White Willow

©Brian Eversham

White Willow

©Brian Eversham

White Willow

Scientific name: Salix alba
So-named for the silvery-white appearance of its leaves, the White Willow can be seen along riverbanks, around lakes and in wet woodlands. Like other willows, it produces catkins in spring.

Species information

Statistics

Height: 20-25m

Conservation status

Common.

When to see

January to December

About

The White Willow is a large, fast-growing willow tree found along riverbanks, around lakes and in wet woodland. Its flowers appear in spring and its male catkins are long and yellow; male and female flowers grow on separate trees.
Like many of our native trees, it provides nectar for bees, food for caterpillars and nesting sites for birds.

How to identify

The White Willow can appear silvery-white due to the colour of the undersides of its silky, narrow leaves. It has upswept branches and often leans. It can be distinguished from Crack Willow by its shorter leaves with hairy undersides.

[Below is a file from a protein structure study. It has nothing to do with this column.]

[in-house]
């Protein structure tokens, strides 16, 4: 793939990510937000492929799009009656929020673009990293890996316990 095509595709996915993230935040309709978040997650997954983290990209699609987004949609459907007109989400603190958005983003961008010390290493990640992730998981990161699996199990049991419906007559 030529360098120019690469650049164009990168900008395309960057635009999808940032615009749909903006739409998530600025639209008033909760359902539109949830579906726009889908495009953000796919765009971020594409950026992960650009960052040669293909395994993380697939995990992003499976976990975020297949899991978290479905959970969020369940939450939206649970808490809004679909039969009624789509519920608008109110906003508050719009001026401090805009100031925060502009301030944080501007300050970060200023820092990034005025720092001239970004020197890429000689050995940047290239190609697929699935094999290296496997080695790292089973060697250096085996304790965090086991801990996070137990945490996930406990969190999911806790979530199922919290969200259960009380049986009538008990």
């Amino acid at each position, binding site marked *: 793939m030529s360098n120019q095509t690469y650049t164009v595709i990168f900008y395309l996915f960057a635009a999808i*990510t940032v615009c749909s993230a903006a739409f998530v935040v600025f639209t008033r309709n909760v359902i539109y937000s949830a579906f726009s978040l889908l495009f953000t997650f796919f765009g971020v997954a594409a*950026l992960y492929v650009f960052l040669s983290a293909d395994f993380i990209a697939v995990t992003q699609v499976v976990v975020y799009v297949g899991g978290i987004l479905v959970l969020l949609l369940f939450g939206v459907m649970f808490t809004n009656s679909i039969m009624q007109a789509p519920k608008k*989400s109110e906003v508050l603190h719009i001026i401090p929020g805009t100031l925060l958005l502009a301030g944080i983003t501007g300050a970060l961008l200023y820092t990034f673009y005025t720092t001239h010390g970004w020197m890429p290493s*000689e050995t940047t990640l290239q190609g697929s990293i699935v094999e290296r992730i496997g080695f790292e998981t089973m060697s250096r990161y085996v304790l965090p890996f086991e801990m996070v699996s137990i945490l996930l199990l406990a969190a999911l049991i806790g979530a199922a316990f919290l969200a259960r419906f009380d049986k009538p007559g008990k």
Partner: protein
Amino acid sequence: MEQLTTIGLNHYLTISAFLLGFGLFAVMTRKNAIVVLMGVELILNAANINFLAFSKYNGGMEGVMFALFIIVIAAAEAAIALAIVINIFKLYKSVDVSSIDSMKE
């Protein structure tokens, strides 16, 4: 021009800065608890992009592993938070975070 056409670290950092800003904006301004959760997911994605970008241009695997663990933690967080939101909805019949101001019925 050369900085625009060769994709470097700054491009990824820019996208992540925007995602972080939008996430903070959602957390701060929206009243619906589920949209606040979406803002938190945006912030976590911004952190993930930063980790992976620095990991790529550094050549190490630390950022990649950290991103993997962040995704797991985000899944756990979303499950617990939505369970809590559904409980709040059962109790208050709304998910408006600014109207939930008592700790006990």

Distribution

Widespread.

Did you know?

The Cricket-bat Willow, from which cricket bats are traditionally made, is a cultivated variety of the White Willow.

How people can help

The Wildlife Trusts manage many wetland nature reserves for the benefit of the wildlife they support. You can help by supporting your local Trust and becoming a member; you'll find out about exciting wildlife news, events on your doorstep and volunteering opportunities, and will be helping local wildlife along the way.